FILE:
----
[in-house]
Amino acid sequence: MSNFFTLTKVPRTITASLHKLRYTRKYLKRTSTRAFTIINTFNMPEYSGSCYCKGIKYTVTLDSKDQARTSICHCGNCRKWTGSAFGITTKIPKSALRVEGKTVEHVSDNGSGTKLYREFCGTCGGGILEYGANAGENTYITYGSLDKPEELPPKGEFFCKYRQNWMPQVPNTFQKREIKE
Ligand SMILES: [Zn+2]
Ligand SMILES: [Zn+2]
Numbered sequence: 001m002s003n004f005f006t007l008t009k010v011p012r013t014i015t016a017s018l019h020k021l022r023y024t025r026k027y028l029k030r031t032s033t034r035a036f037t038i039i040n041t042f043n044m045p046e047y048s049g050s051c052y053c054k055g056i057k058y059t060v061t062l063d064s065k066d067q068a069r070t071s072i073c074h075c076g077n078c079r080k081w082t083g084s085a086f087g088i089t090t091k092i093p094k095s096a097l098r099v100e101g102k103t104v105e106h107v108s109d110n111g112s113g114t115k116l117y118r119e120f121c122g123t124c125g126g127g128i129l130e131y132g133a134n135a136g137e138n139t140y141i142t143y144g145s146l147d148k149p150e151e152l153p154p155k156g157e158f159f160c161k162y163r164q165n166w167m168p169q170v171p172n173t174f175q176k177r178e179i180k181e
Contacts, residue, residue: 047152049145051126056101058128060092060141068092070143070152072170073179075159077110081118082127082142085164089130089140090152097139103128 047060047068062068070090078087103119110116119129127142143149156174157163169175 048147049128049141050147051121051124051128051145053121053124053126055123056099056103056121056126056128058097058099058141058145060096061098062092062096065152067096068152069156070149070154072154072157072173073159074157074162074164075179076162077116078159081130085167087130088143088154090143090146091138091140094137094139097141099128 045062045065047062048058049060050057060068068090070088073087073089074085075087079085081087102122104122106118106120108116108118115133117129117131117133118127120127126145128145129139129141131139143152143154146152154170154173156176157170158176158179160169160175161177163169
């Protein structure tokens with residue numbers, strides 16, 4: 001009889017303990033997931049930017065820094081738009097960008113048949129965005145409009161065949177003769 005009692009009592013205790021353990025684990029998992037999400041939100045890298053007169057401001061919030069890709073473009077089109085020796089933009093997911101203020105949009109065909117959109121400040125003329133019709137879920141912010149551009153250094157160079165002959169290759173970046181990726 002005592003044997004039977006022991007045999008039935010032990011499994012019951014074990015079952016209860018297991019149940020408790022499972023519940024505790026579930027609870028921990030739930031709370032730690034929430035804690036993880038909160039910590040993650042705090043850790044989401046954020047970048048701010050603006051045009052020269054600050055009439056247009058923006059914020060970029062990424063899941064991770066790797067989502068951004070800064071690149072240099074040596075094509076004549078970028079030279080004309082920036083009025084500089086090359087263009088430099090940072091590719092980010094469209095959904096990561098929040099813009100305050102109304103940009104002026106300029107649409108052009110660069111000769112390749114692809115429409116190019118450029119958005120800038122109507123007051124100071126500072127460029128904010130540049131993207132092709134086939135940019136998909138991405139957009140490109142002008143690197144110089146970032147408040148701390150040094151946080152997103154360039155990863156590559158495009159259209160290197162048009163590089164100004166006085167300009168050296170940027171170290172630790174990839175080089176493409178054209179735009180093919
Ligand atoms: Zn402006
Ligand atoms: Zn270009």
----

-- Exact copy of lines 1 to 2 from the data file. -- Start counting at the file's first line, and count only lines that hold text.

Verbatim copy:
[in-house]
Amino acid sequence: MSNFFTLTKVPRTITASLHKLRYTRKYLKRTSTRAFTIINTFNMPEYSGSCYCKGIKYTVTLDSKDQARTSICHCGNCRKWTGSAFGITTKIPKSALRVEGKTVEHVSDNGSGTKLYREFCGTCGGGILEYGANAGENTYITYGSLDKPEELPPKGEFFCKYRQNWMPQVPNTFQKREIKE